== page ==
Ask a dean who does not conduct thorough performance evaluations of chairs why this is the case, and you will get responses like “I don’t have the time,” “I know about performance because I monitor it throughout the year,” and “I received no complaints.” Perhaps in some cases the reluctance is due to the deferential hierarchy we see in higher education. For example, if the chair’s scholarly record equals or surpasses that of the dean, the dean may give the chair a pass by avoiding evaluations when chair performance has not been up to par. This must be overcome: the dean and the chair must work for the general good. If the dean cannot review one chair, they can’t very well review the others. A similar situation can occur when an associate (or assistant!) professor chair must evaluate a full professor whose recent performance is not what it once was. The difference here is that the chair has no choice about rendering the review. Some chairs do not mind being passed over for evaluation and prefer to do their work without much oversight. The underlying problem here may be that neither the dean nor the chairs have specific expectations, thus making it difficult to assess effectiveness or measure progress.
There is a subset of chairs who relish the idea of getting feedback on their performance. These chairs remain aware that they have not been adequately prepared to do chair work well and are committed to remedy that situation by seeking advice and opportunities to learn. For them the performance review becomes a development checkpoint and an opportunity to plan, with the dean, the next steps. A good dean realizes the value of the review process and will set initial expectations for chairs and follow up on progress during these reviews. One of the hallmarks of an effective faculty review is goal-setting. Because chairs do faculty work and are responsible for the collective work of their departments, both personal and administrative goals are appropriate areas for evaluation.
A mechanism to accomplish an objective, formative chair evaluation as well as meet other worthy goals is for the dean to schedule meetings with each chair after the chairs have completed and submitted their annual review reports on their departments’ faculty and staff. At the meeting, each individual is discussed regarding progress, productivity, prospects for advancement, special merit, and other factors. Both dean and chair benefit from the meeting. The dean gains a more robust view of each faculty and staff member’s interests, motivations, and contributions as well as a big picture view of the school or college. Each meeting also allows the dean to ascertain whether school-level expectations are in play across all departments and to clarify or correct those that are straying. Chairs gain feedback on their personal performance as faculty and on their administrative acumen as well as insight into school-level expectations, which they can share with department personnel. Conducting reviews in such a comprehensive way can be a challenging activity for larger departments and schools or colleges, but the outcome is well worth the effort.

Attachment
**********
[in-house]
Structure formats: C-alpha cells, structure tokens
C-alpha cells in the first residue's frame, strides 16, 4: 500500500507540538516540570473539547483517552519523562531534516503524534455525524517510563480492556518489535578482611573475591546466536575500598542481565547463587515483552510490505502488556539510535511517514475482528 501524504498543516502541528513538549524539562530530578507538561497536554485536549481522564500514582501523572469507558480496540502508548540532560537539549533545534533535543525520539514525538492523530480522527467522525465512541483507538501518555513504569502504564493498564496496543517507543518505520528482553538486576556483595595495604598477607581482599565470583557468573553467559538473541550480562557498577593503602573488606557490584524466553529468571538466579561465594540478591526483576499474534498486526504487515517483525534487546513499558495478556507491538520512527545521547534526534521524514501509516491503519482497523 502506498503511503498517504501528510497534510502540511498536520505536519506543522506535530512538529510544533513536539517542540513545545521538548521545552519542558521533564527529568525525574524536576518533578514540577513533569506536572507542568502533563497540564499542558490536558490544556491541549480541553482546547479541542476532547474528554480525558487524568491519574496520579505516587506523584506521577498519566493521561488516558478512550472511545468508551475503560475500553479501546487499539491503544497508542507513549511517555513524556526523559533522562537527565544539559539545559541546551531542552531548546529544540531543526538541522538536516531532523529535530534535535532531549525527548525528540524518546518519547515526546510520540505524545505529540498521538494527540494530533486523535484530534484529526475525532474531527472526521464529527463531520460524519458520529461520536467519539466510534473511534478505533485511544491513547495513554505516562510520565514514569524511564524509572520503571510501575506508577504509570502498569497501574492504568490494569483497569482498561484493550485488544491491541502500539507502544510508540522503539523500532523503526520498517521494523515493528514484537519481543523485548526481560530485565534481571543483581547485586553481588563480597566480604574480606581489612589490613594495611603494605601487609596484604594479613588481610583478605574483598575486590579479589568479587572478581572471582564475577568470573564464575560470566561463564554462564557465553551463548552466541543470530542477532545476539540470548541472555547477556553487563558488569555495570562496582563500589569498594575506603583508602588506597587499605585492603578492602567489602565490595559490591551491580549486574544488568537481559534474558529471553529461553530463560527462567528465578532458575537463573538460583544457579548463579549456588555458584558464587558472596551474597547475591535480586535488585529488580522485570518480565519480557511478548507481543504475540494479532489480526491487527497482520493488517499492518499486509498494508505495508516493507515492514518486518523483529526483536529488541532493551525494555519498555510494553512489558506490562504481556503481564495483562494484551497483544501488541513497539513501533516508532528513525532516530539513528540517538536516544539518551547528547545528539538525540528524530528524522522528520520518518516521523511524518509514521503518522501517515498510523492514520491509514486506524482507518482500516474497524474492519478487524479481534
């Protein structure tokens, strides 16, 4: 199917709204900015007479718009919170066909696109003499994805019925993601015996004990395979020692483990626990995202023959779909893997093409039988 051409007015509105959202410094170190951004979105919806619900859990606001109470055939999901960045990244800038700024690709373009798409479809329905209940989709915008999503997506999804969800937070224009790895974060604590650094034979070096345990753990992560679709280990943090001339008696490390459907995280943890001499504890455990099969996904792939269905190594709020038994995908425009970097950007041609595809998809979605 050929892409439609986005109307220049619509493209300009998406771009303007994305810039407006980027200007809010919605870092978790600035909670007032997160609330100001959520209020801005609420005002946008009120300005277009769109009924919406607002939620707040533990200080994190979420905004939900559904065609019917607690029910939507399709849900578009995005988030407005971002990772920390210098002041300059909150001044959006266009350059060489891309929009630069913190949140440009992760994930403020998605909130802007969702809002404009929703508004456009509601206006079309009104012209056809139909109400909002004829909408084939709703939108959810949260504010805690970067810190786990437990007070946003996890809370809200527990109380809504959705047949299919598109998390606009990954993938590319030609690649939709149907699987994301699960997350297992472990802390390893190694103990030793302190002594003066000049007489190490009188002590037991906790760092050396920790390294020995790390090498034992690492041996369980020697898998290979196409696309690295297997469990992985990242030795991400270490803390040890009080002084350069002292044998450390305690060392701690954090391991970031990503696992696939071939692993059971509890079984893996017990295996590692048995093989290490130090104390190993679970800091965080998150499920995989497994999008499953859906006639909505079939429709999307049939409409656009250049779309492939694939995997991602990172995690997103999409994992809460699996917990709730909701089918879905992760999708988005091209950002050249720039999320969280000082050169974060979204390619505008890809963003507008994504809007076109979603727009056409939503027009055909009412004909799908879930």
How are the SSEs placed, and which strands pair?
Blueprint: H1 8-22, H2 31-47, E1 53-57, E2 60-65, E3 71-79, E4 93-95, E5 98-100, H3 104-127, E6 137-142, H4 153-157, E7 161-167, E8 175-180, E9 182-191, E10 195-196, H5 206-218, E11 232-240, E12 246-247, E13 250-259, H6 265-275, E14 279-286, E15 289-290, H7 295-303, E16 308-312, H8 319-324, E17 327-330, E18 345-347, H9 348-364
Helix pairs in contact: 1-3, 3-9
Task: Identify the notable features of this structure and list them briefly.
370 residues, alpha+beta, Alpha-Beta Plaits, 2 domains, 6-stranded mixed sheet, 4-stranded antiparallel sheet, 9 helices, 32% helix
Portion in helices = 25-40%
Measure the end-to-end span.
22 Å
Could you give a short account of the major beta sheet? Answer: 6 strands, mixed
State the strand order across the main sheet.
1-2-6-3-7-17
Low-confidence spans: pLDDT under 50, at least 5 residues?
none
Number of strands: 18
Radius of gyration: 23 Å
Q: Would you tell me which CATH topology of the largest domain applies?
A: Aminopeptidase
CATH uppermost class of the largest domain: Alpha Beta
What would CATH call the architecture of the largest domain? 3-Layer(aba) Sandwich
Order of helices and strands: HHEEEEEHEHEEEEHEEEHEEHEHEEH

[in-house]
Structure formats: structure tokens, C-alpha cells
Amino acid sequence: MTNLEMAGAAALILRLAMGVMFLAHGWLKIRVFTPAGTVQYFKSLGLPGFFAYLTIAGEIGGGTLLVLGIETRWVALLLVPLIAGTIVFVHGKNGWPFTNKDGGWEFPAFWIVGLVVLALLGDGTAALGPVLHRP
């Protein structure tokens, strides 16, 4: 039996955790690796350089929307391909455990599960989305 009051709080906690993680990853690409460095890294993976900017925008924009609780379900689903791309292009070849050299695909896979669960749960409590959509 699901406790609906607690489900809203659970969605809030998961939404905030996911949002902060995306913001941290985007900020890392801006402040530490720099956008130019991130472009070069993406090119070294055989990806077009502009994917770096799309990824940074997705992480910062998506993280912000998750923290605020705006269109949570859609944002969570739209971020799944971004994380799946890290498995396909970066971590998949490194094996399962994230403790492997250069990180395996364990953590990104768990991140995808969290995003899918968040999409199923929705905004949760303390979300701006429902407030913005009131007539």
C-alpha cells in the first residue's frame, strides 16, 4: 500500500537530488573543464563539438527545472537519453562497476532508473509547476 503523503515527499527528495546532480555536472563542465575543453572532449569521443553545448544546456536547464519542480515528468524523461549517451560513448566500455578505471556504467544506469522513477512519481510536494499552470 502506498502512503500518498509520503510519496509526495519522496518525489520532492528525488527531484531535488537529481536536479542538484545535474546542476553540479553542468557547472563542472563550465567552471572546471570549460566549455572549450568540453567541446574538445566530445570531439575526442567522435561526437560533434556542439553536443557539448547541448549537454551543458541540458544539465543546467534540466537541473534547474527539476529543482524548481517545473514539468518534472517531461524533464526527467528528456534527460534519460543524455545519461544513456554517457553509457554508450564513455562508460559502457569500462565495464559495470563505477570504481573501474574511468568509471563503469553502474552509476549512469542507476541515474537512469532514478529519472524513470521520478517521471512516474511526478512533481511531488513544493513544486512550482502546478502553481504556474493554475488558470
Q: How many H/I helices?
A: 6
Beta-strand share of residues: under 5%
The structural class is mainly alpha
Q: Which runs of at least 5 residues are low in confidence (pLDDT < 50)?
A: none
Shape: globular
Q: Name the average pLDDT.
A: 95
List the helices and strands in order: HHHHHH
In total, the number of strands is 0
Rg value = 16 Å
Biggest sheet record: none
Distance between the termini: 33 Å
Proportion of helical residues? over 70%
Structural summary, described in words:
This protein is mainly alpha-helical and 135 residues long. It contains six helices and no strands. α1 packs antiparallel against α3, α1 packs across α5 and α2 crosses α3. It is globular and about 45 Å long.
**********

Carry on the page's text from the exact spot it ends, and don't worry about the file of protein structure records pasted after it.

This entry is particularly important to chairs because they often shoulder the burden of interpreting the dean’s decisions and school policy for the faculty. For example, is the dean clear about their minimum expectations for tenure? If not, there can be surprise, anger, and embarrassment when the dean turns down a candidate who has the department’s unanimous support. This result places the chair in an awkward position. Did the dean fail to clearly articulate their criteria? Or did the chair and the faculty misinterpret the new expectations or not believe that the dean’s expectations would actually be implemented? It is highly likely that this situation would have been avoided had the chair and dean met annually to discuss faculty progress as described in the above paragraph.
On matters of great import—such as promotion, tenure, and setting school policy—enlightened deans will be clear and vocal and will provide explanations and justifications for their positions. In doing so, they will assist chairs in their roles as interfaces between the dean and the faculty. For deans to share why they made decisions would be another way they can mentor chairs who aspire to be deans. Recognizing that there are other possible positions with rationales, the chair will be aware of the dean’s thought process in framing the decision or position, and they will then be able to observe the reception of the dean’s decision and its impact over time.
N. Douglas Lees, PhD, is professor and chair emeritus of biology and former associate dean for planning and finance in the School of Science at Indiana University–Purdue University Indianapolis.
Simon J. Rhodes, PhD, is provost and vice president for academic affairs at the University of North Florida and former dean of the School of Science at Indiana University–Purdue University Indianapolis.